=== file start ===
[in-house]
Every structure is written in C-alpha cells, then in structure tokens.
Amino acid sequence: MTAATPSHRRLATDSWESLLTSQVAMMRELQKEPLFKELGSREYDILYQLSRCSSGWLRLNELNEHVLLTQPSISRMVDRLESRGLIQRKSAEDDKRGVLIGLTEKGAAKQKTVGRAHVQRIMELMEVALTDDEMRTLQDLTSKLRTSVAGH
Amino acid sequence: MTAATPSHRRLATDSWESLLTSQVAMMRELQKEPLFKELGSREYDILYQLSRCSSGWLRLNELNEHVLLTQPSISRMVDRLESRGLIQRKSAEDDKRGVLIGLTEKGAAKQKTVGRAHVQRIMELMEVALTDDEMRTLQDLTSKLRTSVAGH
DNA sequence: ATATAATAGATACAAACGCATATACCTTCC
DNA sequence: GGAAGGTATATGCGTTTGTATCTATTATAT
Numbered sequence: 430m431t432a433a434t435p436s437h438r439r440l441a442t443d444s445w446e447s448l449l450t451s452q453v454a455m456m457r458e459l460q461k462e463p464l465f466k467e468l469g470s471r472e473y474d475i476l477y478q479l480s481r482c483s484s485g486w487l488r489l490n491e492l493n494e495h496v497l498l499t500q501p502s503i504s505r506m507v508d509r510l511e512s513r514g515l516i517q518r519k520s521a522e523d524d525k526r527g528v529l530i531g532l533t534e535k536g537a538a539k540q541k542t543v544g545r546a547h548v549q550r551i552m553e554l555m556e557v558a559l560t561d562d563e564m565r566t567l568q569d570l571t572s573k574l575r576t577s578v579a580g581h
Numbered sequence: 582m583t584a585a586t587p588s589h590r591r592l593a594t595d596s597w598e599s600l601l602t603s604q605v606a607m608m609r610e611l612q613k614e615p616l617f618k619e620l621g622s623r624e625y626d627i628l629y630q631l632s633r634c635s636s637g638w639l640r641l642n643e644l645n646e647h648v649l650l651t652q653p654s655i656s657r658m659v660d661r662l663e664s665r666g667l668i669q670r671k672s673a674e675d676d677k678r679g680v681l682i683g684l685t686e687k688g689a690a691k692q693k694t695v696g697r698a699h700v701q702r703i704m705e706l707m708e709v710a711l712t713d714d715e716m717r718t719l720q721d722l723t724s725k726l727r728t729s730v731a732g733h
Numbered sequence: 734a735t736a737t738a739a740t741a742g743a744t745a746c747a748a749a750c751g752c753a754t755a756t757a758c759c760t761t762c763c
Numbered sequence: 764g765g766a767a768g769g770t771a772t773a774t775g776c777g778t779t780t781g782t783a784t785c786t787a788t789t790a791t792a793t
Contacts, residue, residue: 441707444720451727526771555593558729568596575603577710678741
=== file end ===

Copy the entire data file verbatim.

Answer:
[in-house]
Every structure is written in C-alpha cells, then in structure tokens.
Amino acid sequence: MTAATPSHRRLATDSWESLLTSQVAMMRELQKEPLFKELGSREYDILYQLSRCSSGWLRLNELNEHVLLTQPSISRMVDRLESRGLIQRKSAEDDKRGVLIGLTEKGAAKQKTVGRAHVQRIMELMEVALTDDEMRTLQDLTSKLRTSVAGH
Amino acid sequence: MTAATPSHRRLATDSWESLLTSQVAMMRELQKEPLFKELGSREYDILYQLSRCSSGWLRLNELNEHVLLTQPSISRMVDRLESRGLIQRKSAEDDKRGVLIGLTEKGAAKQKTVGRAHVQRIMELMEVALTDDEMRTLQDLTSKLRTSVAGH
DNA sequence: ATATAATAGATACAAACGCATATACCTTCC
DNA sequence: GGAAGGTATATGCGTTTGTATCTATTATAT
Numbered sequence: 430m431t432a433a434t435p436s437h438r439r440l441a442t443d444s445w446e447s448l449l450t451s452q453v454a455m456m457r458e459l460q461k462e463p464l465f466k467e468l469g470s471r472e473y474d475i476l477y478q479l480s481r482c483s484s485g486w487l488r489l490n491e492l493n494e495h496v497l498l499t500q501p502s503i504s505r506m507v508d509r510l511e512s513r514g515l516i517q518r519k520s521a522e523d524d525k526r527g528v529l530i531g532l533t534e535k536g537a538a539k540q541k542t543v544g545r546a547h548v549q550r551i552m553e554l555m556e557v558a559l560t561d562d563e564m565r566t567l568q569d570l571t572s573k574l575r576t577s578v579a580g581h
Numbered sequence: 582m583t584a585a586t587p588s589h590r591r592l593a594t595d596s597w598e599s600l601l602t603s604q605v606a607m608m609r610e611l612q613k614e615p616l617f618k619e620l621g622s623r624e625y626d627i628l629y630q631l632s633r634c635s636s637g638w639l640r641l642n643e644l645n646e647h648v649l650l651t652q653p654s655i656s657r658m659v660d661r662l663e664s665r666g667l668i669q670r671k672s673a674e675d676d677k678r679g680v681l682i683g684l685t686e687k688g689a690a691k692q693k694t695v696g697r698a699h700v701q702r703i704m705e706l707m708e709v710a711l712t713d714d715e716m717r718t719l720q721d722l723t724s725k726l727r728t729s730v731a732g733h
Numbered sequence: 734a735t736a737t738a739a740t741a742g743a744t745a746c747a748a749a750c751g752c753a754t755a756t757a758c759c760t761t762c763c
Numbered sequence: 764g765g766a767a768g769g770t771a772t773a774t775g776c777g778t779t780t781g782t783a784t785c786t787a788t789t790a791t792a793t
Contacts, residue, residue: 441707444720451727526771555593558729568596575603577710678741